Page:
U.S. District Judge Lucy Koh, Northern District of California.
U.S. District Judge Lucy Koh, Northern District of California. (Jason Doiy)

U.S. District Judge Lucy Koh voiced concerns about allowing legions of email users to band together with claims that Google Inc. violated their privacy by automatically scanning Gmail messages.

At a hearing in the U.S. District Court for the Northern District of California on Thursday, Koh grilled plaintiffs lawyers on issues ranging from how they will determine who belongs in the proposed classes to how they will demonstrate what email users collectively knew about Google’s policies. Google insists that email scanning is common knowledge. But plaintiffs claim Google has not publicly explained how it intercepts messages to help sell ads, and they accuse the company of violating the Electronic Communications Privacy Act and a handful of state privacy laws.

Arguing the motion before Koh, Sean Rommel of Wyly-Rommel said the plaintiffs have retooled their theory to focus on “Content One Box,” a little-known tool that Google allegedly uses to extract information from users’ messages. Koh was perplexed by the shift in the plaintiffs’ arguments. She allowed them to move forward with most of their claims in September, denying Google’s motion to dismiss the case.

“Your position sounds completely different than what you previously argued to me on the motion to dismiss,” she said.

Google lawyer Michael Rhodes of Cooley seconded Koh’s frustrations. He told her he’d prepared a list of every time the plaintiffs have adjusted their proposed class definitions.

“They’ve changed their theory so many times that we got dizzy,” he said.

Many in the Valley are closely watching In re Google Gmail Litigation, 13-2430, which has spawned similar email privacy suits against Yahoo Inc. and LinkedIn Corp. The cases threaten to deal painful financial blows to tech companies if plaintiffs lawyers prevail. ECPA allows for damages of as much as $10,000 per violation, with classes of users potentially numbering in the millions.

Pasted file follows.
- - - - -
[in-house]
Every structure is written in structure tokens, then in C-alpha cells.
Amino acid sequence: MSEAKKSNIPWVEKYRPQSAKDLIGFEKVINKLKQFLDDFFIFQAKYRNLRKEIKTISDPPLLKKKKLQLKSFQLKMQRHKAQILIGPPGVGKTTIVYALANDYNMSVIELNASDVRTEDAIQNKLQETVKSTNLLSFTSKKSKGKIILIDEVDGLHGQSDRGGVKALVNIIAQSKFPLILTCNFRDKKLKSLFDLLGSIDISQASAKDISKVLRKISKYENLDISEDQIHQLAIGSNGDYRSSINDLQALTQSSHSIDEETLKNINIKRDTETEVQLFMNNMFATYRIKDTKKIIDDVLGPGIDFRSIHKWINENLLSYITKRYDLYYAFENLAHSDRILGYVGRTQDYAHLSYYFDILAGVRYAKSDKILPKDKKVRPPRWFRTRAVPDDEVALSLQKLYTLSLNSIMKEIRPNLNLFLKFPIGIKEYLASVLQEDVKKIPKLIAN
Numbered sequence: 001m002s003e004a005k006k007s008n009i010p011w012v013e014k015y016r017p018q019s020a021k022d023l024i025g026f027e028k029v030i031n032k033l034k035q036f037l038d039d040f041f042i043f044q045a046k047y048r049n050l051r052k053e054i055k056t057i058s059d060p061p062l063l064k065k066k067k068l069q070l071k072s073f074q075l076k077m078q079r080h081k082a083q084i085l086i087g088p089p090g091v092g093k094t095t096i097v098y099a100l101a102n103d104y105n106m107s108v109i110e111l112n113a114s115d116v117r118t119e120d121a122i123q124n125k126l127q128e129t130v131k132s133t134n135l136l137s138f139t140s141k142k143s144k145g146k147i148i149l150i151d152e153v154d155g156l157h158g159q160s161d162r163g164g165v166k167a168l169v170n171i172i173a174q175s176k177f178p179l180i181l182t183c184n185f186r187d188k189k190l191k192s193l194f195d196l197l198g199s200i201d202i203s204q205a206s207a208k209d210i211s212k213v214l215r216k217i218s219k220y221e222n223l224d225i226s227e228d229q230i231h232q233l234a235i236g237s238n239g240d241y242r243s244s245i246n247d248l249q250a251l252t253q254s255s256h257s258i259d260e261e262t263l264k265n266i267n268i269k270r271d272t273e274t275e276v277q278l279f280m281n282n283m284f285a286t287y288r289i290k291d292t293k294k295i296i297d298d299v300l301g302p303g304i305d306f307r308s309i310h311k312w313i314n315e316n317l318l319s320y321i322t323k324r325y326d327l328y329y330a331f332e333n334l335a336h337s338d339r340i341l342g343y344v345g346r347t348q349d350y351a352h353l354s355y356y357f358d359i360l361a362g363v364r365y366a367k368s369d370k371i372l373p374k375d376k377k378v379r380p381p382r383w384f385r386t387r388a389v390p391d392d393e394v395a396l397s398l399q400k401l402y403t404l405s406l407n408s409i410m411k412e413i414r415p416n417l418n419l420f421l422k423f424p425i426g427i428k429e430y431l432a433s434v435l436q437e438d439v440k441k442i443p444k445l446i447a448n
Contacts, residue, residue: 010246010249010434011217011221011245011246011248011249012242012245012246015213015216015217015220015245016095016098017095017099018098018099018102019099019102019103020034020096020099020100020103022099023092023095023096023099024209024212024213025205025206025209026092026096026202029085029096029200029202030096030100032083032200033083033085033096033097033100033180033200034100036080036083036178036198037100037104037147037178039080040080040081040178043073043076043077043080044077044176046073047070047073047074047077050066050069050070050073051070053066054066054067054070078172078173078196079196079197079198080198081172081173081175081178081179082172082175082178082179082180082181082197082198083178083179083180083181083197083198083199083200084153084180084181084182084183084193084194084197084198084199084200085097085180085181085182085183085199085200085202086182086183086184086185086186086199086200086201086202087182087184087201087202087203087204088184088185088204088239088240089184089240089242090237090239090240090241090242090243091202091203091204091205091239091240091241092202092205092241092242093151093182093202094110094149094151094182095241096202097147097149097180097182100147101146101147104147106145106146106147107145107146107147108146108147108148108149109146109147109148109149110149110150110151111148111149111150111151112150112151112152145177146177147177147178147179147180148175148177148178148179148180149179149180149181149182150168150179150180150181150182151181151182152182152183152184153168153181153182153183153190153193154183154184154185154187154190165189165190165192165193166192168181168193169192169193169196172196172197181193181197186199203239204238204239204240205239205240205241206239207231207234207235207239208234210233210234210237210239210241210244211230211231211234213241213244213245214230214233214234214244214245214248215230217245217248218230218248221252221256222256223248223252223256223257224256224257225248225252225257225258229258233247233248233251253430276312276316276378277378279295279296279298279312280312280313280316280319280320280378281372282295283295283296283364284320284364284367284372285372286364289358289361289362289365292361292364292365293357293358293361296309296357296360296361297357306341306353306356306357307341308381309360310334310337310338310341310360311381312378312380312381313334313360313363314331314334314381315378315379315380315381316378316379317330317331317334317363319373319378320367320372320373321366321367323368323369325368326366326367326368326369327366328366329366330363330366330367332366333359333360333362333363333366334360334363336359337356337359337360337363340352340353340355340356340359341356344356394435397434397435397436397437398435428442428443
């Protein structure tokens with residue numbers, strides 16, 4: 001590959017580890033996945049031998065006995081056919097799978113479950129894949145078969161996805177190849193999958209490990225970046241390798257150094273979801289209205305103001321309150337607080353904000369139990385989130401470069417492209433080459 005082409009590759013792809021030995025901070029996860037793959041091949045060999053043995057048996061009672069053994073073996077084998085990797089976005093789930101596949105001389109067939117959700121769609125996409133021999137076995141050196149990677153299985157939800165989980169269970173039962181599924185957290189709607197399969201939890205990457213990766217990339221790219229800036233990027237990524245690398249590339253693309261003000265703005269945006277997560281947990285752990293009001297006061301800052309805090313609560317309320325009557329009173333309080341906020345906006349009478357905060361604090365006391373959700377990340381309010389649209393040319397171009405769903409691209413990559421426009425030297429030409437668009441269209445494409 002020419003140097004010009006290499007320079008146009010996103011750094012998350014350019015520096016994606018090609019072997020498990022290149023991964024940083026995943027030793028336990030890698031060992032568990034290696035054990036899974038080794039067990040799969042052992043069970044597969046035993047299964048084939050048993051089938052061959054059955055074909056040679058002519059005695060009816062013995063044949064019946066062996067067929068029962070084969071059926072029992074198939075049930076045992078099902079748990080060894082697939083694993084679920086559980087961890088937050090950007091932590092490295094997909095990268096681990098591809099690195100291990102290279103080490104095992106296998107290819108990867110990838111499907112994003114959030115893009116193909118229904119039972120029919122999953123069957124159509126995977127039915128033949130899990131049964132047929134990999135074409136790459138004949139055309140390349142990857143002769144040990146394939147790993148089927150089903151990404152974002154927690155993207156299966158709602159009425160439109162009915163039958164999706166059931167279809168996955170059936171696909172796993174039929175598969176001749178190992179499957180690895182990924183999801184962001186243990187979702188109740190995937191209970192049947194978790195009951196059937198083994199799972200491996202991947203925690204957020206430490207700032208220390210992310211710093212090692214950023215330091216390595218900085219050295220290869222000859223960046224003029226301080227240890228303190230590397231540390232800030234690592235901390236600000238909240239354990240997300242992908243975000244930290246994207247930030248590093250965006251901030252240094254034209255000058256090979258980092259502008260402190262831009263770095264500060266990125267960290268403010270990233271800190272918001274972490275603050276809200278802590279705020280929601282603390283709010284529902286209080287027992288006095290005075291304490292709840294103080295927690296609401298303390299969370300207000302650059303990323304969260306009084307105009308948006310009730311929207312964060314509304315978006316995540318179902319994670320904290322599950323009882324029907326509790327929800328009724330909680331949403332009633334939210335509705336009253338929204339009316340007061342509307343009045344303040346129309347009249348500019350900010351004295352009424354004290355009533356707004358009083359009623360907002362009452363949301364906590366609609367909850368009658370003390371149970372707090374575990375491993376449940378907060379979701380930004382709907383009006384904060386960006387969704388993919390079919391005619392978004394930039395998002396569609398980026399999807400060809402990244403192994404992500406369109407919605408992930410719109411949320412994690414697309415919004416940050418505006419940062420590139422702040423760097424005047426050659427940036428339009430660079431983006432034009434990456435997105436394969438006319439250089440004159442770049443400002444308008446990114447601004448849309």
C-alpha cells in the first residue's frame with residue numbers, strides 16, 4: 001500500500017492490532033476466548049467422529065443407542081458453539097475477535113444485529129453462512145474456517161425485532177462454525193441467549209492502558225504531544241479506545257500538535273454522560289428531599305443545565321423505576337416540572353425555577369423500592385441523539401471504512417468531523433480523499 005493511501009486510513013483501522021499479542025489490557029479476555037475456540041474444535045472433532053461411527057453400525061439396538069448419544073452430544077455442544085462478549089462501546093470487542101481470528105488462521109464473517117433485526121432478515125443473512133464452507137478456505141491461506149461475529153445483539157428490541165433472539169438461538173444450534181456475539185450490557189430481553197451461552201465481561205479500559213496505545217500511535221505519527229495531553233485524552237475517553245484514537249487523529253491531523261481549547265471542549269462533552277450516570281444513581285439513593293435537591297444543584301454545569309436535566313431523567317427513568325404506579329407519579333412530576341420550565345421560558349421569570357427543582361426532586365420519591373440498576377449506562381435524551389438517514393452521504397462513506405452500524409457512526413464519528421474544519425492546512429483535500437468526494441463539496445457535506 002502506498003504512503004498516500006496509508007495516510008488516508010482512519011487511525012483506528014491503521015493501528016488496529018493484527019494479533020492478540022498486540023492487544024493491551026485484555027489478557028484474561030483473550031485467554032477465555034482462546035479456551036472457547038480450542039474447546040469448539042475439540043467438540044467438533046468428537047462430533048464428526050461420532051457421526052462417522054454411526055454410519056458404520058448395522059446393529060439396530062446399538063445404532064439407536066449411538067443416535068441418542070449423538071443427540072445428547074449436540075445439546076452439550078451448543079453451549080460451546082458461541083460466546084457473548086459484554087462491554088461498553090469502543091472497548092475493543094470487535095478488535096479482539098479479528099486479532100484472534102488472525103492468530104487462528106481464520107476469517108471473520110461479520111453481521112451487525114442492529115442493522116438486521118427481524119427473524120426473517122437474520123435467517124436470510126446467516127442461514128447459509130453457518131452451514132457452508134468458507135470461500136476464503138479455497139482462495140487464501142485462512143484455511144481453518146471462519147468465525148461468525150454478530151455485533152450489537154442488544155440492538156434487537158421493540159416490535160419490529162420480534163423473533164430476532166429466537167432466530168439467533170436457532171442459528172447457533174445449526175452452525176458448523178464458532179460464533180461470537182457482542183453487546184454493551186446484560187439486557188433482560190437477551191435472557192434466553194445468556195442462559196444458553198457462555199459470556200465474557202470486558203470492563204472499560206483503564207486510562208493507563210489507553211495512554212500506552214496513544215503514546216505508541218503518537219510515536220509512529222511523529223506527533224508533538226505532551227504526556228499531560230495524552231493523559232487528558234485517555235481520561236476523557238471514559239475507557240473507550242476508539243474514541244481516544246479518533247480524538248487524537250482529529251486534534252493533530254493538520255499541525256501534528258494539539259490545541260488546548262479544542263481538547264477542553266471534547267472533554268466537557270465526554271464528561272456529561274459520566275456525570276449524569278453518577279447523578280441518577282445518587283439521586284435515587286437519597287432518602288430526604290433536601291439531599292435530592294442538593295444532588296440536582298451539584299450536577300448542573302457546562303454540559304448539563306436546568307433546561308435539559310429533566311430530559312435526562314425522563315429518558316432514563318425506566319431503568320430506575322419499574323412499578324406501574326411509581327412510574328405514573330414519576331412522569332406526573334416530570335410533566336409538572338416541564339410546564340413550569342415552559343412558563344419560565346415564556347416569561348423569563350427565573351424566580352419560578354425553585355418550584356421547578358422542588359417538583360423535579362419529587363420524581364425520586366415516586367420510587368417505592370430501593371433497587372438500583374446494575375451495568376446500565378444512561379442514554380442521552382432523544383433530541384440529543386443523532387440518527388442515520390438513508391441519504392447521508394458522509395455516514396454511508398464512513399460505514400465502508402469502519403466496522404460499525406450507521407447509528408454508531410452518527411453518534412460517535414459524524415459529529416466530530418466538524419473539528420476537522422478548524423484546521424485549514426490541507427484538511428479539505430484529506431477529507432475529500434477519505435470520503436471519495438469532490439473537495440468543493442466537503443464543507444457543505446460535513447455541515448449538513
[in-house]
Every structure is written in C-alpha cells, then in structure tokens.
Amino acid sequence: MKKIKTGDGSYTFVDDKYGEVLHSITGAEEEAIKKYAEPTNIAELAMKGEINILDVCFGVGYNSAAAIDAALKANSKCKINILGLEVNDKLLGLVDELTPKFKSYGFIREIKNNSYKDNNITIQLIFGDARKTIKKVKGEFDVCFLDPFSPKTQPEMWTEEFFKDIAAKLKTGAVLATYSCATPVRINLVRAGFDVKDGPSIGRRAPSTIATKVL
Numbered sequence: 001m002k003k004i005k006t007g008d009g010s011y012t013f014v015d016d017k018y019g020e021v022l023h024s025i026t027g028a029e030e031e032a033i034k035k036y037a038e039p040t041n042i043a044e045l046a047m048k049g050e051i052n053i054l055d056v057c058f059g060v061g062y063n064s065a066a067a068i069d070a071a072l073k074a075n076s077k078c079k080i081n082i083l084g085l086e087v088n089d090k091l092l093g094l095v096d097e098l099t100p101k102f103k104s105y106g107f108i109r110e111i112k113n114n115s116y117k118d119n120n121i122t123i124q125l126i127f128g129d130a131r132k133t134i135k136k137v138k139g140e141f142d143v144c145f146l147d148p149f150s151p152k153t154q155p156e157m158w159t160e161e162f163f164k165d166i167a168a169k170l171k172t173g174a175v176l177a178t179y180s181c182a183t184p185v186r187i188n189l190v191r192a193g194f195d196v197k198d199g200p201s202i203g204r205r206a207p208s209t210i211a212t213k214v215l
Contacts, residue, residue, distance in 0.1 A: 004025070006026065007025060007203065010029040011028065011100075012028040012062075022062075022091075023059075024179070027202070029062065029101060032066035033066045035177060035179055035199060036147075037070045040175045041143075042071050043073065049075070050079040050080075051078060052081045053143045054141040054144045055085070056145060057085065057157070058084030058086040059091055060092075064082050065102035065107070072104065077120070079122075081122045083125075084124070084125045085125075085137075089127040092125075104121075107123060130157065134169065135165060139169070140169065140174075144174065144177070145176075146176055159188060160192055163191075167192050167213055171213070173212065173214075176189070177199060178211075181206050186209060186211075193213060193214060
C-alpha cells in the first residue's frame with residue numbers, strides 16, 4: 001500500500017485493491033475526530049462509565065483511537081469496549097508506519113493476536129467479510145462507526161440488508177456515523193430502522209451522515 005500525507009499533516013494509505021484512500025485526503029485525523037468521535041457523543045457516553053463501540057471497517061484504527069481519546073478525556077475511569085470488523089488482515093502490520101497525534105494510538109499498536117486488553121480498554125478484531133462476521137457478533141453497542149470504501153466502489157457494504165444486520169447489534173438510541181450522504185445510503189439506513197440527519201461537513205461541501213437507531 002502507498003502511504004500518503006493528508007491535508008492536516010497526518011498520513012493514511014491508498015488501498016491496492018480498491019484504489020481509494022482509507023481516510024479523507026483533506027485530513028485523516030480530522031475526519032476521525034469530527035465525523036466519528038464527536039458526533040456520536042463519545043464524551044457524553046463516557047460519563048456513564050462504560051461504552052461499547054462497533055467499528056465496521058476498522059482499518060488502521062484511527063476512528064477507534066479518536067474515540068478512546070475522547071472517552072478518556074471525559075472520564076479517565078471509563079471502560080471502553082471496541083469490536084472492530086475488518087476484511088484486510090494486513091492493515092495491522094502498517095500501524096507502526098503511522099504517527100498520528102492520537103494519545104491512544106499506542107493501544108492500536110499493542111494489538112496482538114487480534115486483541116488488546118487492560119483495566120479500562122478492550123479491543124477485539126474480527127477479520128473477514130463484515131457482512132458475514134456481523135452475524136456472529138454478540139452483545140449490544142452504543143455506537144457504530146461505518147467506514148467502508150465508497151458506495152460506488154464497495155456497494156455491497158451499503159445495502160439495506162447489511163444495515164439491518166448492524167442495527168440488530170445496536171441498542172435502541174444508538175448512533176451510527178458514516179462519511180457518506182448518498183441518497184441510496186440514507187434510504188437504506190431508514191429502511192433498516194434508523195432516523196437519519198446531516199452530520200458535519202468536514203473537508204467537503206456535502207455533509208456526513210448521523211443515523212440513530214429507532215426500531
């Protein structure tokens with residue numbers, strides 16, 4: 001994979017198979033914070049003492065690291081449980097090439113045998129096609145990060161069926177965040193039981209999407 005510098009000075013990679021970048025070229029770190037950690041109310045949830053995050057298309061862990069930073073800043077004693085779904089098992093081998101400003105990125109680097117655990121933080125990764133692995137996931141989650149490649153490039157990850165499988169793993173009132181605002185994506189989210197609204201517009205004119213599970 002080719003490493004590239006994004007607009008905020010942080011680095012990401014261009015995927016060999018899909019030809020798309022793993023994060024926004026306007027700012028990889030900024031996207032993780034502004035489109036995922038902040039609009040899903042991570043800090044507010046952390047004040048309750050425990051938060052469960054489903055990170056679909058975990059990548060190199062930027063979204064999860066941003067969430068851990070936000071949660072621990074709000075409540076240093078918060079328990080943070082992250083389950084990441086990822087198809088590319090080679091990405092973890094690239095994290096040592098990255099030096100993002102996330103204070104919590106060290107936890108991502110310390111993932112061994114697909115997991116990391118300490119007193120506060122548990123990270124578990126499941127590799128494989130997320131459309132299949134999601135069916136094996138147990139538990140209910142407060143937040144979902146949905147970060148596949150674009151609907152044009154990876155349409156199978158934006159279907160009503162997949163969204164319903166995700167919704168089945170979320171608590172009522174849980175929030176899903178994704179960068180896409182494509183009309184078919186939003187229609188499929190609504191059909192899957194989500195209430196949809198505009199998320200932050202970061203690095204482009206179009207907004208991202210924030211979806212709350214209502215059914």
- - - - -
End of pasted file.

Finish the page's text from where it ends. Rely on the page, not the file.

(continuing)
Plaintiffs lawyers at Texas’ Wyly-Rommel and Alabama’s Cory Watson Crowder and DeGaris want Koh to bless a sweeping class of non-Gmail users who have sent or received emails from people who use the service, as well as classes of minors, Google Apps for Education users, Cable One users and several state classes.

Plaintiffs claim their case is tailor-made for class certification.

“The uniform nature of Google’s secret content extraction, acquisition, and use practices—practices that are not necessary for or part of the Gmail delivery process—and Google’s failure, through its uniform disclosures, to truthfully and adequately inform consumers about these secret and unlawful privacy violations, make this case perfectly suited for class treatment,” Rommel wrote in court papers.

But Rhodes argued that the case will require investigations into how much each user knew about Google’s practices, making it inappropriate for class certification. He noted that the media had widely reported Google’s scanning of messages to target advertisements before the complaint was filed.

“There is a body of people in the class who have … actual knowledge of what’s actually going on, and they have accepted that as a fair trade-off,” he said.

Rhodes added that verifying which users belong to more specific classes, such as for minors, could prove problematic because users self-report their backgrounds to Google. He insisted that plaintiffs have yet to explain how they would sift through hundreds of millions of email users to determine who truly belongs in the classes.

“What you have here are lawyers who keep promising and promising and promising that we have a way to do it, it can be done,” Rhodes said. “The burden is on them to show that they have a workable process.”

Koh pressed Rommel about how plaintiffs would treat users who use Gmail as well as another email provider.

“How are we supposed to make sure that our classes aren’t over-inclusive?” she asked.

Rommel brushed aside concerns about determining class membership and said any burden on Google was justified: “It’s not an extraordinary process if the company violates the law to get us there.”

Contact the reporter at jlove@alm.com.